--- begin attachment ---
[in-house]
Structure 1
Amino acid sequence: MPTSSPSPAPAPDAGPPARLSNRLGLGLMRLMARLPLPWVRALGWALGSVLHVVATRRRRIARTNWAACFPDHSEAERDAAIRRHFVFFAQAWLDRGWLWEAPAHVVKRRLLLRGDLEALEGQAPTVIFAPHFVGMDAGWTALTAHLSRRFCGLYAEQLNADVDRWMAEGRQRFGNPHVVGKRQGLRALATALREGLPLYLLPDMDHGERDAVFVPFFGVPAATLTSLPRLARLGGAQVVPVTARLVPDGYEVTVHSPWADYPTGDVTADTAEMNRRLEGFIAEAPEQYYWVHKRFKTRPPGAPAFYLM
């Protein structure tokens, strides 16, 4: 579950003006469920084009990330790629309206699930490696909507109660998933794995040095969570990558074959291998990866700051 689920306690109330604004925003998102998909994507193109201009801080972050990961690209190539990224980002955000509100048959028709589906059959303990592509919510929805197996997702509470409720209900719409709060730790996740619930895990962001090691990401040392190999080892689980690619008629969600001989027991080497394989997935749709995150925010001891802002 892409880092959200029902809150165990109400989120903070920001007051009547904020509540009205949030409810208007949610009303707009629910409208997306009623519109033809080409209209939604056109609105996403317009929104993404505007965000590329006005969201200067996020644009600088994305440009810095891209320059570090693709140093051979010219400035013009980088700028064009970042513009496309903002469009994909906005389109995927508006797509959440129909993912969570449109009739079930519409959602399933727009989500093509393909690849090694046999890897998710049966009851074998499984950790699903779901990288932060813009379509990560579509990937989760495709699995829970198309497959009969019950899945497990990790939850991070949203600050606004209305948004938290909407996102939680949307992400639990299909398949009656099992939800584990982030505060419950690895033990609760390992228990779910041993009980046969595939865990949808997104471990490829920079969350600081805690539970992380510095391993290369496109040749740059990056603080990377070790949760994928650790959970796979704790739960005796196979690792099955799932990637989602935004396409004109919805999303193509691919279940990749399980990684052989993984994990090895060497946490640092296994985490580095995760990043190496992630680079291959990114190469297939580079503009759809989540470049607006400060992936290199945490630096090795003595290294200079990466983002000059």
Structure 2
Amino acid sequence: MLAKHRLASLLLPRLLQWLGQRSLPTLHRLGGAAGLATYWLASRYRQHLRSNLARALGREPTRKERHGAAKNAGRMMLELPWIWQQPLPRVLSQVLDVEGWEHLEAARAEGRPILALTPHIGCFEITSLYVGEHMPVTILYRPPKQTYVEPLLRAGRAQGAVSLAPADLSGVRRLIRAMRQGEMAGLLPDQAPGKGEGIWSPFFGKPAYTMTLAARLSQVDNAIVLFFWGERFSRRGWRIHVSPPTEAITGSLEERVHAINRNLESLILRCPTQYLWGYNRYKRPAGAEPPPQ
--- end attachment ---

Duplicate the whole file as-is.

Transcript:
[in-house]
Structure 1
Amino acid sequence: MPTSSPSPAPAPDAGPPARLSNRLGLGLMRLMARLPLPWVRALGWALGSVLHVVATRRRRIARTNWAACFPDHSEAERDAAIRRHFVFFAQAWLDRGWLWEAPAHVVKRRLLLRGDLEALEGQAPTVIFAPHFVGMDAGWTALTAHLSRRFCGLYAEQLNADVDRWMAEGRQRFGNPHVVGKRQGLRALATALREGLPLYLLPDMDHGERDAVFVPFFGVPAATLTSLPRLARLGGAQVVPVTARLVPDGYEVTVHSPWADYPTGDVTADTAEMNRRLEGFIAEAPEQYYWVHKRFKTRPPGAPAFYLM
């Protein structure tokens, strides 16, 4: 579950003006469920084009990330790629309206699930490696909507109660998933794995040095969570990558074959291998990866700051 689920306690109330604004925003998102998909994507193109201009801080972050990961690209190539990224980002955000509100048959028709589906059959303990592509919510929805197996997702509470409720209900719409709060730790996740619930895990962001090691990401040392190999080892689980690619008629969600001989027991080497394989997935749709995150925010001891802002 892409880092959200029902809150165990109400989120903070920001007051009547904020509540009205949030409810208007949610009303707009629910409208997306009623519109033809080409209209939604056109609105996403317009929104993404505007965000590329006005969201200067996020644009600088994305440009810095891209320059570090693709140093051979010219400035013009980088700028064009970042513009496309903002469009994909906005389109995927508006797509959440129909993912969570449109009739079930519409959602399933727009989500093509393909690849090694046999890897998710049966009851074998499984950790699903779901990288932060813009379509990560579509990937989760495709699995829970198309497959009969019950899945497990990790939850991070949203600050606004209305948004938290909407996102939680949307992400639990299909398949009656099992939800584990982030505060419950690895033990609760390992228990779910041993009980046969595939865990949808997104471990490829920079969350600081805690539970992380510095391993290369496109040749740059990056603080990377070790949760994928650790959970796979704790739960005796196979690792099955799932990637989602935004396409004109919805999303193509691919279940990749399980990684052989993984994990090895060497946490640092296994985490580095995760990043190496992630680079291959990114190469297939580079503009759809989540470049607006400060992936290199945490630096090795003595290294200079990466983002000059």
Structure 2
Amino acid sequence: MLAKHRLASLLLPRLLQWLGQRSLPTLHRLGGAAGLATYWLASRYRQHLRSNLARALGREPTRKERHGAAKNAGRMMLELPWIWQQPLPRVLSQVLDVEGWEHLEAARAEGRPILALTPHIGCFEITSLYVGEHMPVTILYRPPKQTYVEPLLRAGRAQGAVSLAPADLSGVRRLIRAMRQGEMAGLLPDQAPGKGEGIWSPFFGKPAYTMTLAARLSQVDNAIVLFFWGERFSRRGWRIHVSPPTEAITGSLEERVHAINRNLESLILRCPTQYLWGYNRYKRPAGAEPPPQ